Insolvency framework key to GCC diversification push

Bankruptcy laws must balance interests of debtors and creditors, analyst says

Gulf News

Dubai: A solid legal system of managing creditor or debtor obligations will create a new paradigm of more responsible lending and borrowing across the GCC, an Emirates NBD analyst has said.

“Developing and building insolvency laws is a cornerstone for the development of legislative frameworks in the Gulf Cooperation Council [GCC], especially in light of efforts to diversify their economies and attract more private sector investments,” said Shady Shaher Elborno, head of Macro Strategy at Emirates NBD.

He added that said insolvency systems in the region need to take into account the level of economic development in each country, the capacity of its existing institutional infrastructure, and to some extent the social sensitivities surrounding such laws.

Creating more comprehensive insolvency laws in the region is expected to have a positive long-term impact on the development of these economies.

Currently, in the absence of such laws, many economies in the region are not realising the full potential of attracting domestic and international investment, and experience capital flight during periods of stress.

“[The] financial sector and private sector see value destroyed when companies fail without having recourse to restructure properly,” Shaher Elborno said.

“An insolvency framework can mitigate those risks by allowing for more efficient reallocation of resources through proper restructuring, and can encourage private sector development by protecting business owners.”

The Emirates NBD analyst said while it was difficult to create a ‘one-size-fits-all’ insolvency regime for the region, certain elements remained central to all successful regimes — the most important being a fair balance of the interest between debtors and creditors.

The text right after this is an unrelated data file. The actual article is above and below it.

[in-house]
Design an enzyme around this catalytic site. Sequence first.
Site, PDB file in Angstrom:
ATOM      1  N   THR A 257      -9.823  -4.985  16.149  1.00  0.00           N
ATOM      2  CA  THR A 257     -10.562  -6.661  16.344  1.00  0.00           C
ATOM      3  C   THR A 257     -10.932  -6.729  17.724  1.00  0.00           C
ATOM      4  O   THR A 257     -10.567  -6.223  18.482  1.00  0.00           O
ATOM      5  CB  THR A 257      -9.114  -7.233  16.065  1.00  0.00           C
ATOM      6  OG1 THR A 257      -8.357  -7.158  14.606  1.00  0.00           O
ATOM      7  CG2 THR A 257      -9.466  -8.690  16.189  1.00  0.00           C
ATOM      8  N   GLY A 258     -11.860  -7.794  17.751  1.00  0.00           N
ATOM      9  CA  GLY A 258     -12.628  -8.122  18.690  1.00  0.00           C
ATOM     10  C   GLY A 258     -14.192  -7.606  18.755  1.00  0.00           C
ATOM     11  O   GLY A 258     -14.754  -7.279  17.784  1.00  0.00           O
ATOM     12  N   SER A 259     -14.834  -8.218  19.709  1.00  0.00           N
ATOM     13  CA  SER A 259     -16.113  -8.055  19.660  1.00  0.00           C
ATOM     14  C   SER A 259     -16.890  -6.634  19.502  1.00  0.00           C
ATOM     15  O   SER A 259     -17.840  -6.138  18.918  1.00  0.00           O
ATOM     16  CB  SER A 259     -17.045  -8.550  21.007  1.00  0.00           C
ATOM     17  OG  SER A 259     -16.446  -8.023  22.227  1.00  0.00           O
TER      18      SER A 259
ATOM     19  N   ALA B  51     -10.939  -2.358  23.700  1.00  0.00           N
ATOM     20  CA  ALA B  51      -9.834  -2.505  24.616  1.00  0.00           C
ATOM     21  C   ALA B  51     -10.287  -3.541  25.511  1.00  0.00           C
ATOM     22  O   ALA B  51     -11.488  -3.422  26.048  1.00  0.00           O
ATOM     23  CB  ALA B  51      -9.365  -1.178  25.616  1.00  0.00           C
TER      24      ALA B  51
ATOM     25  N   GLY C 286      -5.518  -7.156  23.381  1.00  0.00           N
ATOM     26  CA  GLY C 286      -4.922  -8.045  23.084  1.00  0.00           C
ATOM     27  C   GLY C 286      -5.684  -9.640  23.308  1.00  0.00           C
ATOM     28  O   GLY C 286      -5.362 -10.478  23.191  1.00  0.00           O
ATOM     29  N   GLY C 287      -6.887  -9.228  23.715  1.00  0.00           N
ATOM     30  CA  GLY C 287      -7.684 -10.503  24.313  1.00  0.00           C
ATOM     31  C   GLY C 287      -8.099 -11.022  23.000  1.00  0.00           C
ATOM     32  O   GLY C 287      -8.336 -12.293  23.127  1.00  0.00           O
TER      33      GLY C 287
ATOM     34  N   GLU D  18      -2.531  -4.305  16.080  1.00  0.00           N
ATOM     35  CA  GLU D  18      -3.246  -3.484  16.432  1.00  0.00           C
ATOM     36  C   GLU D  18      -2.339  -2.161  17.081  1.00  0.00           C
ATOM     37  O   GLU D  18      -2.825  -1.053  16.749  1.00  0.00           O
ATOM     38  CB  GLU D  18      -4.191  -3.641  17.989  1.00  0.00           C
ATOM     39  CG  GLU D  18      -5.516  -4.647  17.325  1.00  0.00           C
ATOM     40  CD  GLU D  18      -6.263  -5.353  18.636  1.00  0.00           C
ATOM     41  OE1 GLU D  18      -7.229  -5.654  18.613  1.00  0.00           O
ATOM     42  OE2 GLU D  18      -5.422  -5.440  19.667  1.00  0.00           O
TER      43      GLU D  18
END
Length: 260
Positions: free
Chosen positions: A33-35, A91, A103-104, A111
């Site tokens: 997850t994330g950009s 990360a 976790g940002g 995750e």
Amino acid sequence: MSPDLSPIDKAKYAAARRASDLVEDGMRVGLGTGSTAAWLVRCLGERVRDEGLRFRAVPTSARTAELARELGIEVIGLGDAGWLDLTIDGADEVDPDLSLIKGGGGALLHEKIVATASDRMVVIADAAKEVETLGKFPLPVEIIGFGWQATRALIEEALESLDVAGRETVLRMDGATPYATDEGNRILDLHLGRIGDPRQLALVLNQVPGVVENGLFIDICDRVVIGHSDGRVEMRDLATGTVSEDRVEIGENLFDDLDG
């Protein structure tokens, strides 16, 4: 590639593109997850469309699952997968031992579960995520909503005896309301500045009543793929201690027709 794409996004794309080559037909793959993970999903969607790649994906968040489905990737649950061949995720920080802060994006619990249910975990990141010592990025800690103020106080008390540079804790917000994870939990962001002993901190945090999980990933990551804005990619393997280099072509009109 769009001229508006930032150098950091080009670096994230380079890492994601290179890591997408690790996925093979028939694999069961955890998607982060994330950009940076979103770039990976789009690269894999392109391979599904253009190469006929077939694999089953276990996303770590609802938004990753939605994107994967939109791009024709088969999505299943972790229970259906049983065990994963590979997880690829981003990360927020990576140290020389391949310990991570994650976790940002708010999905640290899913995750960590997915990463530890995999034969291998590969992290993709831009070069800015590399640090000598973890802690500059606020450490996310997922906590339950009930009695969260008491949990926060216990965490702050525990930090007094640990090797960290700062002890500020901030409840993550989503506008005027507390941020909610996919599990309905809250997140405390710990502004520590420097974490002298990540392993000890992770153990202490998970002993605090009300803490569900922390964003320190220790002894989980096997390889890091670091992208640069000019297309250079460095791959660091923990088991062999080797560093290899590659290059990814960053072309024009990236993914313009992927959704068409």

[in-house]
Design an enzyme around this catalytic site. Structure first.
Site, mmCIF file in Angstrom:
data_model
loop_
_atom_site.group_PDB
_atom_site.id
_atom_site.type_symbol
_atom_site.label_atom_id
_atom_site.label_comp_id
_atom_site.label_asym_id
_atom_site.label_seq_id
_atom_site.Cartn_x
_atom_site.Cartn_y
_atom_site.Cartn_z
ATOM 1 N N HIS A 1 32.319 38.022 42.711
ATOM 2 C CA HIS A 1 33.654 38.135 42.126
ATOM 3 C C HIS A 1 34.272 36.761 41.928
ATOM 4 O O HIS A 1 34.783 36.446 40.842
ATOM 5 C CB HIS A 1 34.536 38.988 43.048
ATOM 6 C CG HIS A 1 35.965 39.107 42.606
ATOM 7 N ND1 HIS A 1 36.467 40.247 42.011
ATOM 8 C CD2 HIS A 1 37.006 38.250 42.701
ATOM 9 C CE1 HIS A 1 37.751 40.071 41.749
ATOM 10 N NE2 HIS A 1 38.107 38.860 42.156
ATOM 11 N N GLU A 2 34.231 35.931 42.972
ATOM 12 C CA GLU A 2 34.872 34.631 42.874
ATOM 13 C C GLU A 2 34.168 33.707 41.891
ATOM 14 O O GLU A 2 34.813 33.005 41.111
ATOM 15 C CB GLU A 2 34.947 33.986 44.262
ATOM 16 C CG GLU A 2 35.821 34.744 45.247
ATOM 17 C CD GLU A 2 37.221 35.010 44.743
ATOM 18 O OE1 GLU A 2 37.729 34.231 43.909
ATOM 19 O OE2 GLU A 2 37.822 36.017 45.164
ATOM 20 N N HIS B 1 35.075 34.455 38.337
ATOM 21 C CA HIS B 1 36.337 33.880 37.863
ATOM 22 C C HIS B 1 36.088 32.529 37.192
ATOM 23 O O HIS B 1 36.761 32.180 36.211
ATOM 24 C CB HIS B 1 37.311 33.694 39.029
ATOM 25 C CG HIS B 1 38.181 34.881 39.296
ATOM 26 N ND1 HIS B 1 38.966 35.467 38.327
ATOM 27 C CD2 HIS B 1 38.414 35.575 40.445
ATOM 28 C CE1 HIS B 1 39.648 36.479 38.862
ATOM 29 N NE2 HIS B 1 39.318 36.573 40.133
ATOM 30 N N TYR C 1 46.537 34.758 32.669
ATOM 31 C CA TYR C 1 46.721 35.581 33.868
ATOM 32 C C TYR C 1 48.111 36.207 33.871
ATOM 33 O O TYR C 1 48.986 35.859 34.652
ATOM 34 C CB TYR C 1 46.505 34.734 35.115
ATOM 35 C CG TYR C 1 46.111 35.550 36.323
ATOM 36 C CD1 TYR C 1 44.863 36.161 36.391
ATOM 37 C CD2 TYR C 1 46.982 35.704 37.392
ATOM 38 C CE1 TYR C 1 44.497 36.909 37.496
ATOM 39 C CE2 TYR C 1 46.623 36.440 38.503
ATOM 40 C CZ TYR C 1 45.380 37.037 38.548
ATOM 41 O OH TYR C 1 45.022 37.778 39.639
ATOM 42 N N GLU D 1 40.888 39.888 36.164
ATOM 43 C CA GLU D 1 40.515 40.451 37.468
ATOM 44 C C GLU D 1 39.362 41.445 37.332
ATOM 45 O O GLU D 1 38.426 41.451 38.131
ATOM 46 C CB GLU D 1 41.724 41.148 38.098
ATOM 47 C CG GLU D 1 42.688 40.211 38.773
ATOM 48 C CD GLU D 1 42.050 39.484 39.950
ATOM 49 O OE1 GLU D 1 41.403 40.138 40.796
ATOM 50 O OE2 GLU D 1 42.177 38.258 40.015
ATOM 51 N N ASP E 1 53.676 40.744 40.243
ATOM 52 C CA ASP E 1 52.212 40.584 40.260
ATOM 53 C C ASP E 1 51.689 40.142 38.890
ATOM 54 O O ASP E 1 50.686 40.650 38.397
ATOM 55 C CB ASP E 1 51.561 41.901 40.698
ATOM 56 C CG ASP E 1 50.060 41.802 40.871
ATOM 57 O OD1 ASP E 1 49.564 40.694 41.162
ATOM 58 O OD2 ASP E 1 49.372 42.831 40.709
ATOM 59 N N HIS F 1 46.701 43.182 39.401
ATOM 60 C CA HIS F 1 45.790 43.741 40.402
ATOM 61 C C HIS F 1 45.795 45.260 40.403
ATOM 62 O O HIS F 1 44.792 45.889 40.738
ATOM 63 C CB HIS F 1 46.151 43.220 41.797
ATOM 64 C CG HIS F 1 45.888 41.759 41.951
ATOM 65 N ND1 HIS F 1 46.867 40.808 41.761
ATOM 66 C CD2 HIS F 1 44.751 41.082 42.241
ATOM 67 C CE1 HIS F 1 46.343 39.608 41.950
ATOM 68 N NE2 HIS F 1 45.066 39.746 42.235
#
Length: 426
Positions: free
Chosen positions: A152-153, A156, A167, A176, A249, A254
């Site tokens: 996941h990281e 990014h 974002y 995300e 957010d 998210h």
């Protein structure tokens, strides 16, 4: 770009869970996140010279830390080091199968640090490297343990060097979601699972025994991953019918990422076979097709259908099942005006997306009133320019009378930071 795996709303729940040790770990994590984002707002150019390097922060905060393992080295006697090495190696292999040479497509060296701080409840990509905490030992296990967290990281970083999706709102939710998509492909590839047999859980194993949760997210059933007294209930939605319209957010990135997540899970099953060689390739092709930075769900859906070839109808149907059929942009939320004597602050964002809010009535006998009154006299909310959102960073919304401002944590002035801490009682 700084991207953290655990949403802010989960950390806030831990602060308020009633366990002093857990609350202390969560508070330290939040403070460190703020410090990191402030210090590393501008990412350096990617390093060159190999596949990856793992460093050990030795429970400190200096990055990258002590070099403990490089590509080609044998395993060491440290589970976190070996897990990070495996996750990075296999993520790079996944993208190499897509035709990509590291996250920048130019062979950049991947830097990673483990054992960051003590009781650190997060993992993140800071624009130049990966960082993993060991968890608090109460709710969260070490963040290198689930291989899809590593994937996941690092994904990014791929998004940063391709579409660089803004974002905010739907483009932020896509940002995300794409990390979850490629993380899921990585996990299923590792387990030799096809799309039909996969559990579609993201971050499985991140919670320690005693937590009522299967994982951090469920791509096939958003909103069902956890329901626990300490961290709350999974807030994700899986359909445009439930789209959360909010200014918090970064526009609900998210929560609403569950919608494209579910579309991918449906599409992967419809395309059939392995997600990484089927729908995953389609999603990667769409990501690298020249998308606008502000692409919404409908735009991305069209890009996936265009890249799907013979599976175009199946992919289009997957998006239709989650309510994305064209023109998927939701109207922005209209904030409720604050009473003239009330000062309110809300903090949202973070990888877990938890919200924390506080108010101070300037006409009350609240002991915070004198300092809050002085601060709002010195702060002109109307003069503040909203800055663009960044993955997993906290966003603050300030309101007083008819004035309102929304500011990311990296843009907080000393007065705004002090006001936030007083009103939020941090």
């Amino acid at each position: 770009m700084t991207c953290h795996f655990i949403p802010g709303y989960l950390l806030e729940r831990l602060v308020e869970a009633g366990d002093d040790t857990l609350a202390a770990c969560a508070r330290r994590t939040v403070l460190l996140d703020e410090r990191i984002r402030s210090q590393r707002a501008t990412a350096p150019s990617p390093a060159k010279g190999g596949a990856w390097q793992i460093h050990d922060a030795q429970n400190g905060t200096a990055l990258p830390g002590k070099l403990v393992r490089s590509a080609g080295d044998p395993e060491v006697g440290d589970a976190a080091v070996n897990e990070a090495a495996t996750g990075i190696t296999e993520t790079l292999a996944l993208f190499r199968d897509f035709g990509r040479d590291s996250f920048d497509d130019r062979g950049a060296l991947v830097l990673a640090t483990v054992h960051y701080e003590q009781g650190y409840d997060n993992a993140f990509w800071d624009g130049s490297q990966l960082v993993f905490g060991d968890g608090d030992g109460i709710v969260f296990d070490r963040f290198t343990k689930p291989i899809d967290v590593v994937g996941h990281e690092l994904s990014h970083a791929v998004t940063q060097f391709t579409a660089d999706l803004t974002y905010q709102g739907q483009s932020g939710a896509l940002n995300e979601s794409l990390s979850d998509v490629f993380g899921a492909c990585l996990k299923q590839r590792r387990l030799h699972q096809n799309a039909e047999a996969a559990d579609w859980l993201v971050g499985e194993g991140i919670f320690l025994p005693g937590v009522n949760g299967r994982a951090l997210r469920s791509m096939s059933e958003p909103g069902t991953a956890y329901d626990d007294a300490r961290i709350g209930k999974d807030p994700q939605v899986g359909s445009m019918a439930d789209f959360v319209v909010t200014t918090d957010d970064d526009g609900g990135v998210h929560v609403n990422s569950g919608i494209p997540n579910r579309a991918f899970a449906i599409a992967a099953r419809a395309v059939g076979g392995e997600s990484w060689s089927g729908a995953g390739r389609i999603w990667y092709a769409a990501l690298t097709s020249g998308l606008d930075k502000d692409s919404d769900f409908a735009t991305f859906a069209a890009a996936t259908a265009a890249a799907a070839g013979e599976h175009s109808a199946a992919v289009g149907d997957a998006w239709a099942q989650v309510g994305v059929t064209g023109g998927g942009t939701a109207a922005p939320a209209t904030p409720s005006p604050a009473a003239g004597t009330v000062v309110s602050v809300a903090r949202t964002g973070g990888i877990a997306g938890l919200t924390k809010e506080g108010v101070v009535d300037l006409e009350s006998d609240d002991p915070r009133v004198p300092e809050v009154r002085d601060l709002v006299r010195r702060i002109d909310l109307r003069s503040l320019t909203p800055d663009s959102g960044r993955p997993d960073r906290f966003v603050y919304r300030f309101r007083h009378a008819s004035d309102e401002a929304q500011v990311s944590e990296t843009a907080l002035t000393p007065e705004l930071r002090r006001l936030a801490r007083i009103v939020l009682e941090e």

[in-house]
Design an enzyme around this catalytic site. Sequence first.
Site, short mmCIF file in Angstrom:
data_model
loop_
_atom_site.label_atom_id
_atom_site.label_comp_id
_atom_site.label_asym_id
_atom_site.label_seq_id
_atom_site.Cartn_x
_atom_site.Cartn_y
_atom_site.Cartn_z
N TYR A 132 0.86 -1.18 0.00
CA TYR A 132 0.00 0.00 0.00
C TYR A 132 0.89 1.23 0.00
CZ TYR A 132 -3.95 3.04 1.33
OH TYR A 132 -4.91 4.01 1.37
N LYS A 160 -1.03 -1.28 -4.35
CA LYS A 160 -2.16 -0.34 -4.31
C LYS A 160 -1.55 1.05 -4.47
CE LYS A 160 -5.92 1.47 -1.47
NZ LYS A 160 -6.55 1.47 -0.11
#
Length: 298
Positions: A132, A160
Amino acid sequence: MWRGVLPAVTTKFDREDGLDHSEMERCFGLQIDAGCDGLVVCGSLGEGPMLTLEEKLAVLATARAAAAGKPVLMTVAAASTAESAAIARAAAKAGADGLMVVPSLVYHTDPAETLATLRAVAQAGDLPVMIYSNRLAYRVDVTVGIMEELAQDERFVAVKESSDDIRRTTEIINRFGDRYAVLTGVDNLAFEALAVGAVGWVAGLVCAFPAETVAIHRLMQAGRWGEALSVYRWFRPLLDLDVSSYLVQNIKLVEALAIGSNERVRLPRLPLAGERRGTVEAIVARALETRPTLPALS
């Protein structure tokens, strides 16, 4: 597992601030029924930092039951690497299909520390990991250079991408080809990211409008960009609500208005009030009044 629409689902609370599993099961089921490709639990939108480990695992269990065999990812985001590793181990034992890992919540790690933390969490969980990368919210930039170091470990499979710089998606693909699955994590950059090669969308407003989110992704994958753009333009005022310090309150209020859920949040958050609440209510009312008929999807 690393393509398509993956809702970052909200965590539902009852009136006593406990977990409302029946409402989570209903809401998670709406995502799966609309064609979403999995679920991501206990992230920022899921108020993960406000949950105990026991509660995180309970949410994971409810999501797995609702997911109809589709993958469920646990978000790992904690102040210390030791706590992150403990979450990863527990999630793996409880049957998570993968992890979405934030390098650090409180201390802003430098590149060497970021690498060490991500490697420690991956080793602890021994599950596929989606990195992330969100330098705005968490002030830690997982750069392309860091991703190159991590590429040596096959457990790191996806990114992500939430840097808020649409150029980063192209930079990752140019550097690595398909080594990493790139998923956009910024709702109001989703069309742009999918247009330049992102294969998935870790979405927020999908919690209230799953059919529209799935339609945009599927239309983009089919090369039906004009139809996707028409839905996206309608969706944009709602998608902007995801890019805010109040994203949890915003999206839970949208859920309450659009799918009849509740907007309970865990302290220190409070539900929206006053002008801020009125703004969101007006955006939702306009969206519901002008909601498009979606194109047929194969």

Current legislative systems across the region largely favour creditors, and limit entrepreneurial behaviour.

However, the creation of an environment that allows businesses to restart after failing while reducing the stigma of bankruptcy is seen as crucial to boosting entrepreneurial activity and driving the private sector forward.

For economies in the region to reduce the burden of insolvency costs, the need for legislative developments to be fully encompassing has been stressed by experts, with court systems seen playing a crucial role and being at the very heart of an effective insolvency regime.

The judiciary is also required to be independent to create a strong record of high integrity in dealing with cases.

Insolvency legislation also needs to be supplemented by other elements, ranging from frameworks to manage collateral to the availability of accurate financial data on borrowers to allow creditors to better assess risk.

An economy that benefits from a robust insolvency legislation, is likely to see more inclusive growth, as credit growth is not constrained and available at a lower cost, in large part due to the ability of banks to better manage, and price risk.

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